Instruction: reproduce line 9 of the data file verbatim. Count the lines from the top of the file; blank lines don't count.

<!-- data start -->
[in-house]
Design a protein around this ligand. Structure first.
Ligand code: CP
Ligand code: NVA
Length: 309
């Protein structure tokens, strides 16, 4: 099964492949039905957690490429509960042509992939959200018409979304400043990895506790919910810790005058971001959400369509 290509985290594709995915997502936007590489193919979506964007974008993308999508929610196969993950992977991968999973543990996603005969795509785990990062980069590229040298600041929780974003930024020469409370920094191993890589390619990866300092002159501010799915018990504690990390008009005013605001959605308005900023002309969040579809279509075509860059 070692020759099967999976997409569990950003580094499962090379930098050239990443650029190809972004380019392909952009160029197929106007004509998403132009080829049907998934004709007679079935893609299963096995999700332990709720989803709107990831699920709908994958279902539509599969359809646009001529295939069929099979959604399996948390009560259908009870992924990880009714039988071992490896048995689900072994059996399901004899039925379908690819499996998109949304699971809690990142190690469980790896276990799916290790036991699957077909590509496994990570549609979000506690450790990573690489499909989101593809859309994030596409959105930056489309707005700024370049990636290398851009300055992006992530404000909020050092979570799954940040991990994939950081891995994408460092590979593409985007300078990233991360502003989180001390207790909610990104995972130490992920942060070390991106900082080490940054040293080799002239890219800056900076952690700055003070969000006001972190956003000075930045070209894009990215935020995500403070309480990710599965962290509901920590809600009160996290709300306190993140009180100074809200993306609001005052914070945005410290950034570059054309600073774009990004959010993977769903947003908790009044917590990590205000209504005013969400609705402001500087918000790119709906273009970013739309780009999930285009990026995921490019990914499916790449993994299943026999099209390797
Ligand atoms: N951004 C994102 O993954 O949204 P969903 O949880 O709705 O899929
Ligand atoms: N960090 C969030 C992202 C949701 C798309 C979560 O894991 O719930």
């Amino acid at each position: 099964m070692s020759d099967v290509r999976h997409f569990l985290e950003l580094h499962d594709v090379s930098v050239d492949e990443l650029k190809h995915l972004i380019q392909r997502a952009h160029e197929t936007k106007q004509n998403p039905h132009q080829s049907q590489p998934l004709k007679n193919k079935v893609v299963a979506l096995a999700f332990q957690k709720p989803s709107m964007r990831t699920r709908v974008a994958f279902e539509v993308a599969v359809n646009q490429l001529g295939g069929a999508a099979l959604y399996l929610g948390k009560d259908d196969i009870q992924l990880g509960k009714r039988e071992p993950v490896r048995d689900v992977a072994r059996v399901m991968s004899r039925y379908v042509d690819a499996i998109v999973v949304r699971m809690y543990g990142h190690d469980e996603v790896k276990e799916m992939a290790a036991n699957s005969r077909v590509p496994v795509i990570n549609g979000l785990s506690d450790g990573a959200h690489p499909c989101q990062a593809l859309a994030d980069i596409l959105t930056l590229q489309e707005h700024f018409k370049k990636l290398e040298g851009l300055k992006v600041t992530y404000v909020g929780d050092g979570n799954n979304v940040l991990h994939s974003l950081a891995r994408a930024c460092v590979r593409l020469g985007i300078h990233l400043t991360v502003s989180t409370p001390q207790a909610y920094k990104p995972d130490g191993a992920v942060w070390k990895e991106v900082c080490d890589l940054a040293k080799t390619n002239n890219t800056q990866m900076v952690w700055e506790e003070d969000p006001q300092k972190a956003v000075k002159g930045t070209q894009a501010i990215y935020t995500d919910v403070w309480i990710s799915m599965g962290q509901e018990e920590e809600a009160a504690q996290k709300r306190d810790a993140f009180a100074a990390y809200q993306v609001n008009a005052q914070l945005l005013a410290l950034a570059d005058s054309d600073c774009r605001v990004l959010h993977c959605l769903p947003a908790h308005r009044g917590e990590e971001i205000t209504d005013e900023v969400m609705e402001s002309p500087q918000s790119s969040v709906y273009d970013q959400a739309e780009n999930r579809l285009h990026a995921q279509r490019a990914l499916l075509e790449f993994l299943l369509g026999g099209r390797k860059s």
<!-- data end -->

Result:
């Amino acid at each position: 099964m070692s020759d099967v290509r999976h997409f569990l985290e950003l580094h499962d594709v090379s930098v050239d492949e990443l650029k190809h995915l972004i380019q392909r997502a952009h160029e197929t936007k106007q004509n998403p039905h132009q080829s049907q590489p998934l004709k007679n193919k079935v893609v299963a979506l096995a999700f332990q957690k709720p989803s709107m964007r990831t699920r709908v974008a994958f279902e539509v993308a599969v359809n646009q490429l001529g295939g069929a999508a099979l959604y399996l929610g948390k009560d259908d196969i009870q992924l990880g509960k009714r039988e071992p993950v490896r048995d689900v992977a072994r059996v399901m991968s004899r039925y379908v042509d690819a499996i998109v999973v949304r699971m809690y543990g990142h190690d469980e996603v790896k276990e799916m992939a290790a036991n699957s005969r077909v590509p496994v795509i990570n549609g979000l785990s506690d450790g990573a959200h690489p499909c989101q990062a593809l859309a994030d980069i596409l959105t930056l590229q489309e707005h700024f018409k370049k990636l290398e040298g851009l300055k992006v600041t992530y404000v909020g929780d050092g979570n799954n979304v940040l991990h994939s974003l950081a891995r994408a930024c460092v590979r593409l020469g985007i300078h990233l400043t991360v502003s989180t409370p001390q207790a909610y920094k990104p995972d130490g191993a992920v942060w070390k990895e991106v900082c080490d890589l940054a040293k080799t390619n002239n890219t800056q990866m900076v952690w700055e506790e003070d969000p006001q300092k972190a956003v000075k002159g930045t070209q894009a501010i990215y935020t995500d919910v403070w309480i990710s799915m599965g962290q509901e018990e920590e809600a009160a504690q996290k709300r306190d810790a993140f009180a100074a990390y809200q993306v609001n008009a005052q914070l945005l005013a410290l950034a570059d005058s054309d600073c774009r605001v990004l959010h993977c959605l769903p947003a908790h308005r009044g917590e990590e971001i205000t209504d005013e900023v969400m609705e402001s002309p500087q918000s790119s969040v709906y273009d970013q959400a739309e780009n999930r579809l285009h990026a995921q279509r490019a990914l499916l075509e790449f993994l299943l369509g026999g099209r390797k860059s």